Install NextCloud Server by Manual Method On Ubuntu 16.04 | 18.04 With Apache2, MariaDB And PHP 7.3

In this tutorial, we will install and configure Latest Nextcloud 17.0.2 on an Ubuntu 18.04 LTS server. As always we will do it one by one in Simple Steps.

Nextcloud is a fork of ownCloud used for file-sharing servers to store your personal data like documents and pictures in a centralized location, like Dropbox or Google Drive. Nextcloud is fully open-source software. Your data privacy and security are much better when you use a self-hosted server instead of using Third-party cloud services like Google Drive or Dropbox. Nextcloud is GDPR and HIPAA compliant, it gives you encrypted data with the ability to audit.

Step 1: Install Apache Web Server

Nextcloud is a PHP based Web Application, So we need a web server for it. Apache is one of the most used Web Servers on the internet.

Install Apache2 Web Server by running the below command.

sudo apt update
sudo apt install apache2

Verify that the Apache Web Server is installed correctly by pointing your browser at http://mydomain/ and replace the mydomain with your current FQDN. You should see output like the below image.

Verify-apache-installation

Step 2: Install PHP7.3 and it’s Additional Modules

PHP is one of the most used programming languages for creating Web Apps. The Current Stable release of PHP is 7.4.1 but PHP version 7.3 is recommended for better compatibility and stability.

For installing PHP 7.3 we have to add ppa:ondrej/php repository to our server by running the below command. Because the latest versions of PHP are not available in Ubuntu’s default repository.

sudo add-apt-repository ppa:ondrej/php
sudo apt-get update

So, now we can install PHP 7.3 and its additional modules by running the below command

sudo apt-get install php7.3 libapache2-mod-php7.3 php7.3-gd php7.3-json php7.3-mysql php7.3-curl php7.3-mbstring php7.3-intl php-imagick php7.3-xml php7.3-zip
sudo service apache2 restart

After that, Verify that PHP is installed successfully by running the below command.

php -v

Output:

[email protected]:~# php -v
 PHP 7.3.13-1+ubuntu18.04.1+deb.sury.org+1 (cli) (built: Dec 18 2019 14:48:49) ( NTS )
 Copyright (c) 1997-2018 The PHP Group
 Zend Engine v3.3.13, Copyright (c) 1998-2018 Zend Technologies
     with Zend OPcache v7.3.13-1+ubuntu18.04.1+deb.sury.org+1, Copyright (c) 1999-2018, by Zend Technologies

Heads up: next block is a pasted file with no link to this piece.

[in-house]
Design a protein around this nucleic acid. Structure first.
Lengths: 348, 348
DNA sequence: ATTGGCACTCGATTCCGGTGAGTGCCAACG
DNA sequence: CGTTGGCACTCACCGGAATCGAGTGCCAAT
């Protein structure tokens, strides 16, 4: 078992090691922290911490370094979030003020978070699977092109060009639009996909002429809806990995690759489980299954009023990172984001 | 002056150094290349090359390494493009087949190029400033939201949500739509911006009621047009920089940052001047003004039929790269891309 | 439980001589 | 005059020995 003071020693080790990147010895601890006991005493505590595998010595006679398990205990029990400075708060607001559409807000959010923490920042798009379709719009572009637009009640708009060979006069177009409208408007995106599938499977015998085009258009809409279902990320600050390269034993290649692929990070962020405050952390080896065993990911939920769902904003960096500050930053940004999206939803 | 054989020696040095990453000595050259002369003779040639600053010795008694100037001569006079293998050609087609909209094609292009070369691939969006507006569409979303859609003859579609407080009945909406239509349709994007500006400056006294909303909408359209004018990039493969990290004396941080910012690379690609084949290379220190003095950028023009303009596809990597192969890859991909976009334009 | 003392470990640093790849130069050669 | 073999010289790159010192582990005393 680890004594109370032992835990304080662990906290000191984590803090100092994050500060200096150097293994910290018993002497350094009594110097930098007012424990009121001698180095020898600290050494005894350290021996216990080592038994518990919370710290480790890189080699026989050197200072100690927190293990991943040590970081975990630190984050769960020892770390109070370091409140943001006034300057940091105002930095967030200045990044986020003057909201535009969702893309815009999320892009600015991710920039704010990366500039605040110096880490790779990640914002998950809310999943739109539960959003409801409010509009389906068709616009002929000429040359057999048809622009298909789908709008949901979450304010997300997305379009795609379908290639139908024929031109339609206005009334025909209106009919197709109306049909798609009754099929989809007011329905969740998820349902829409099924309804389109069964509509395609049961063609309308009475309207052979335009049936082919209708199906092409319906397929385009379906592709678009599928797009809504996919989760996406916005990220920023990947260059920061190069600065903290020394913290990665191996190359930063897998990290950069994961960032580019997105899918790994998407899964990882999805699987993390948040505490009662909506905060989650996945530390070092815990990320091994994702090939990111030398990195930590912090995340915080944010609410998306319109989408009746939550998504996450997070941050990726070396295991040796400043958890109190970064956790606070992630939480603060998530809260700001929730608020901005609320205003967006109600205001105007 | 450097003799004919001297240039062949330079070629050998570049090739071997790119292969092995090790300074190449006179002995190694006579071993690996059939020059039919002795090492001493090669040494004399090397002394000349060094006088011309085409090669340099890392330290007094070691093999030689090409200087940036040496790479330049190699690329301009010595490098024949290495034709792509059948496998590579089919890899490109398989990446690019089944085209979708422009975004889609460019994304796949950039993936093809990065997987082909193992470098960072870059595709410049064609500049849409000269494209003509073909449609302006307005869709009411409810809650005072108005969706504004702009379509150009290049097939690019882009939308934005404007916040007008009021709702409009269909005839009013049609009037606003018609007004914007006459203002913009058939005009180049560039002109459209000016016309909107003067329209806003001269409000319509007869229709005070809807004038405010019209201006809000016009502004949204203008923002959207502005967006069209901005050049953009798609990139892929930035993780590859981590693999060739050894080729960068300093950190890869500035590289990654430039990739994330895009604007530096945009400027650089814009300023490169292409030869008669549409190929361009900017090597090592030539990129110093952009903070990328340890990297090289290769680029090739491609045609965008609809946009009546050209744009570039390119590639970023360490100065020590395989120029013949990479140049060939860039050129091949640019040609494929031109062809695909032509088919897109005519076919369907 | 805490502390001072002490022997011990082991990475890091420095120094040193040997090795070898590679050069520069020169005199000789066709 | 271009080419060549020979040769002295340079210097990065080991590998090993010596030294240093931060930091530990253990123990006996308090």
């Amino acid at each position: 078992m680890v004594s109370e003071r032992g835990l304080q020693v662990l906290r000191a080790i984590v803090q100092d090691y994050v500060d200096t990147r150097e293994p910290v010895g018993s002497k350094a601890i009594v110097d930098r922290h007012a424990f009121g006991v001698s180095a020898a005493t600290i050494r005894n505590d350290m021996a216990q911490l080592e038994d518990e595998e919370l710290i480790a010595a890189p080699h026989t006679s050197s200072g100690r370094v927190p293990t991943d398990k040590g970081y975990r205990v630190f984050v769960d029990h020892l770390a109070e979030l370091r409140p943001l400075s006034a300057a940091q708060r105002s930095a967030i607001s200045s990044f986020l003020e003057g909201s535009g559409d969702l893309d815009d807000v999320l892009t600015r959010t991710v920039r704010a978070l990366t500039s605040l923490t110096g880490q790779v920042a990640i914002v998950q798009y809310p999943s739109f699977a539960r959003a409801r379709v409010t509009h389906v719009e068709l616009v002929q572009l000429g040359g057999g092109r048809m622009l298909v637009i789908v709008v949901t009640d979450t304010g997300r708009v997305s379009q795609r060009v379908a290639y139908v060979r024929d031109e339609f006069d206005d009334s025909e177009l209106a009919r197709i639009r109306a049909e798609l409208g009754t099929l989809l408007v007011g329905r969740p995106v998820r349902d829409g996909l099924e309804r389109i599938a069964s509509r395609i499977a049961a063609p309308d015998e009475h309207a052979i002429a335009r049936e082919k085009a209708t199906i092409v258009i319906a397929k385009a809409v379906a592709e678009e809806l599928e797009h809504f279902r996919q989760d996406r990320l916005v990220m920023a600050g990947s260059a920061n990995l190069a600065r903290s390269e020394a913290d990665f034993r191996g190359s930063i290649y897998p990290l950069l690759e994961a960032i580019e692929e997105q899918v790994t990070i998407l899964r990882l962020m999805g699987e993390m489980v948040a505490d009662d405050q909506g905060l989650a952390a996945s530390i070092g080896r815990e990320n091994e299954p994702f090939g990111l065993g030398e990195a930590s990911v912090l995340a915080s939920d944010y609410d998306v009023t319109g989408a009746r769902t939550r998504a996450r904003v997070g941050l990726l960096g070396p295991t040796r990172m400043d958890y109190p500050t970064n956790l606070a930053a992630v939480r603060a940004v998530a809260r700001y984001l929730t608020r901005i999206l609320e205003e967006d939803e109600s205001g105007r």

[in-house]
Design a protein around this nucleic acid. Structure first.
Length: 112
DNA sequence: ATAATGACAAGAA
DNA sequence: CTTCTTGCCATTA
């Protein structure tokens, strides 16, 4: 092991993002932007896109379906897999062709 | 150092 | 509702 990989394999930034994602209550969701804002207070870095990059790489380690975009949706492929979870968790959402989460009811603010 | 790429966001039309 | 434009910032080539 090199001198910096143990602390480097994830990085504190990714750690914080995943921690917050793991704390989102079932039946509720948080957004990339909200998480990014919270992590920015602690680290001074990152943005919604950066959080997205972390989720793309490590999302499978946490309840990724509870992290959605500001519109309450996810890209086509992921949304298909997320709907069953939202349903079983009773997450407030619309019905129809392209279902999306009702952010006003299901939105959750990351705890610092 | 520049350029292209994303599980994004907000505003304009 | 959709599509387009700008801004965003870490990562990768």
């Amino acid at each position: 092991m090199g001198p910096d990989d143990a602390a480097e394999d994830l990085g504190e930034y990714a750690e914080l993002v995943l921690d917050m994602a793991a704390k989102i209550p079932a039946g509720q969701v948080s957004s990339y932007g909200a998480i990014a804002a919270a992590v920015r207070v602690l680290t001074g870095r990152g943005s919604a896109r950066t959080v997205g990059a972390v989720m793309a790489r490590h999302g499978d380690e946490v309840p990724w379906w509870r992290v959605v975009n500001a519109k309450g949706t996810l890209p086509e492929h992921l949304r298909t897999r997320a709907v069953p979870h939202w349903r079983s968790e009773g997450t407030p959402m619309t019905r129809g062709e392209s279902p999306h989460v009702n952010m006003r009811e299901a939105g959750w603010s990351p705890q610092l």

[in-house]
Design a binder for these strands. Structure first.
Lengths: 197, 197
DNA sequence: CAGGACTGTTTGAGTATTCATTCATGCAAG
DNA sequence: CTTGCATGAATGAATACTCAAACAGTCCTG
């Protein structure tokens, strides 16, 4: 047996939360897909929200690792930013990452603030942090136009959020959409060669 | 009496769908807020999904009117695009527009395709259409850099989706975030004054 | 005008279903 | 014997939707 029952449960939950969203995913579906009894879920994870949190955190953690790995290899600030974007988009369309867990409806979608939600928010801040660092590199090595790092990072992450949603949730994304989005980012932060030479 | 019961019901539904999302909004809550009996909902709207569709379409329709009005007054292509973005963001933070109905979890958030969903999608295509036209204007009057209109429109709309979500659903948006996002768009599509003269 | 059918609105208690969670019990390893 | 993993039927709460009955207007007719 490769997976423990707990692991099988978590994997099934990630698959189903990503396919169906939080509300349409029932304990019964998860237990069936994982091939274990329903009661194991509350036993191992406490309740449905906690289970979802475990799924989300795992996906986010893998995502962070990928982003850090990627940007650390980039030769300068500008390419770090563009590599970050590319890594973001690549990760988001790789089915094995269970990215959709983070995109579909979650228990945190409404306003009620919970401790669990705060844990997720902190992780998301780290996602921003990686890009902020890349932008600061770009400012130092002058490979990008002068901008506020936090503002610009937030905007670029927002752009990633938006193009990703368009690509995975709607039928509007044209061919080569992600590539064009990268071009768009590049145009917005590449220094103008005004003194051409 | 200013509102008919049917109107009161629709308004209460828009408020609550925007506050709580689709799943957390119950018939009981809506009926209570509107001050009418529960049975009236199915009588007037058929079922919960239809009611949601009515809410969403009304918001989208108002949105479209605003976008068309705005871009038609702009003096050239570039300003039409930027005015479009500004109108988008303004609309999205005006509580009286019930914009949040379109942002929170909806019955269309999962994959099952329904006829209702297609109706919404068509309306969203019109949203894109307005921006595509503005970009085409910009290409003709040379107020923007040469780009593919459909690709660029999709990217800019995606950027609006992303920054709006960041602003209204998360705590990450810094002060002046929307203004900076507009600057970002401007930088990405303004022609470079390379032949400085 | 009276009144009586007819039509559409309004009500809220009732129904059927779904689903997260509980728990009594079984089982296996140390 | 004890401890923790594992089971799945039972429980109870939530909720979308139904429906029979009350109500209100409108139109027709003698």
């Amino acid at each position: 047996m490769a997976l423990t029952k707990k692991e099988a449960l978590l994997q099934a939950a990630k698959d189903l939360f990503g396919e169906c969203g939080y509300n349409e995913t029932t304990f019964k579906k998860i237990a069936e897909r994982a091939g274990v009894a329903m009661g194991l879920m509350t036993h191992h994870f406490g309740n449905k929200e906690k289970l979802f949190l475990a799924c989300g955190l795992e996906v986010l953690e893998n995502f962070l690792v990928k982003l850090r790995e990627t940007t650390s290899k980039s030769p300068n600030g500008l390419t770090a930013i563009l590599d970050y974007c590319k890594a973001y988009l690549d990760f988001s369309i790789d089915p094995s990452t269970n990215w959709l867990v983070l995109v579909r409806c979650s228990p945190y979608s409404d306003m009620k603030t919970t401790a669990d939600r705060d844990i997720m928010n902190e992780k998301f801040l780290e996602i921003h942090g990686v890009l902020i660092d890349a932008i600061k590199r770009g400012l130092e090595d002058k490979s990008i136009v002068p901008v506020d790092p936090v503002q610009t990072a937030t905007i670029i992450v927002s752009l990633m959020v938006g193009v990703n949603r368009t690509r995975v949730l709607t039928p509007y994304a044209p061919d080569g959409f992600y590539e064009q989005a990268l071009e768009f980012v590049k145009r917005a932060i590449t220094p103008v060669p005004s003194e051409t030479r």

After that, we create a PHP file for verifying that apache can process PHP files successfully. You can create the test file by simply running the below command.

echo "<?php phpinfo( ); ?>" > /var/www/html/phpinfo.php

Now point your browser at the following URL http://mydomain/phpinfo.php. You should Output like the below image.

verify-php7.3-installation

Now we have successfully installed Apache Web Server and PHP 7.3 on our server. So let’s move on to the Database part now.

Step 3: Install and Configure MariaDB Server

If you are looking for a fully open-source and reliable solution for a relational database, you should go with MariaDB Server because it’s one of the most used DB servers on the Internet.

Adding the MariaDB Latest Stable Version Repository

MariaDB may not be listed in Ubuntu 18.04 Default repositories. Therefore we have to add the MariaDB repository manually. So you can add it by running the below command.

For Ubuntu 18.04 LTS

sudo apt-get install software-properties-common
sudo apt-key adv --recv-keys --keyserver hkp://keyserver.ubuntu.com:80 0xF1656F24C74CD1D8
sudo add-apt-repository 'deb [arch=amd64,arm64,ppc64el] http://mirror.host.ag/mariadb/repo/10.4/ubuntu bionic main'
sudo apt update

For Ubuntu 16.04 LTS

sudo apt-get install software-properties-common
sudo apt-key adv --recv-keys --keyserver hkp://keyserver.ubuntu.com:80 0xF1656F24C74CD1D8
sudo add-apt-repository 'deb [arch=amd64,arm64,i386,ppc64el] http://mirror.host.ag/mariadb/repo/10.4/ubuntu xenial main'
sudo apt update

After that, we have the MariaDB packages listed in our servers repositories. For Confirm you can run the below command.

sudo apt list | grep mariadb-

As a result, you should see the output like below

[email protected]:~# apt list | grep mariadb-
 WARNING: apt does not have a stable CLI interface. Use with caution in scripts.
 libmariadb-dev/unknown 1:10.4.11+maria~bionic ppc64el
 libmariadb-dev-compat/unknown 1:10.4.11+maria~bionic ppc64el
 mariadb-backup/unknown 1:10.4.11+maria~bionic ppc64el
 mariadb-client/unknown,unknown,unknown 1:10.4.11+maria~bionic all
 mariadb-client-10.4/unknown,now 1:10.4.11+maria~bionic amd64 [installed,automatic]
 mariadb-client-core-10.4/unknown 1:10.4.11+maria~bionic ppc64el
 mariadb-common/unknown,unknown,unknown,now 1:10.4.11+maria~bionic all [installed,automatic]
 mariadb-server/unknown,unknown,unknown,now 1:10.4.11+maria~bionic all [installed]
 mariadb-server-10.4/unknown 1:10.4.11+maria~bionic ppc64el
 mariadb-server-core-10.4/unknown 1:10.4.11+maria~bionic ppc64el
 mariadb-test/unknown 1:10.4.11+maria~bionic ppc64el
 mariadb-test-data/unknown,unknown,unknown 1:10.4.11+maria~bionic all

So, now we have to install MariaDB Server which you can do by running the below command.

sudo apt install mariadb-server

You may also like...

Leave a Reply

Your email address will not be published. Required fields are marked *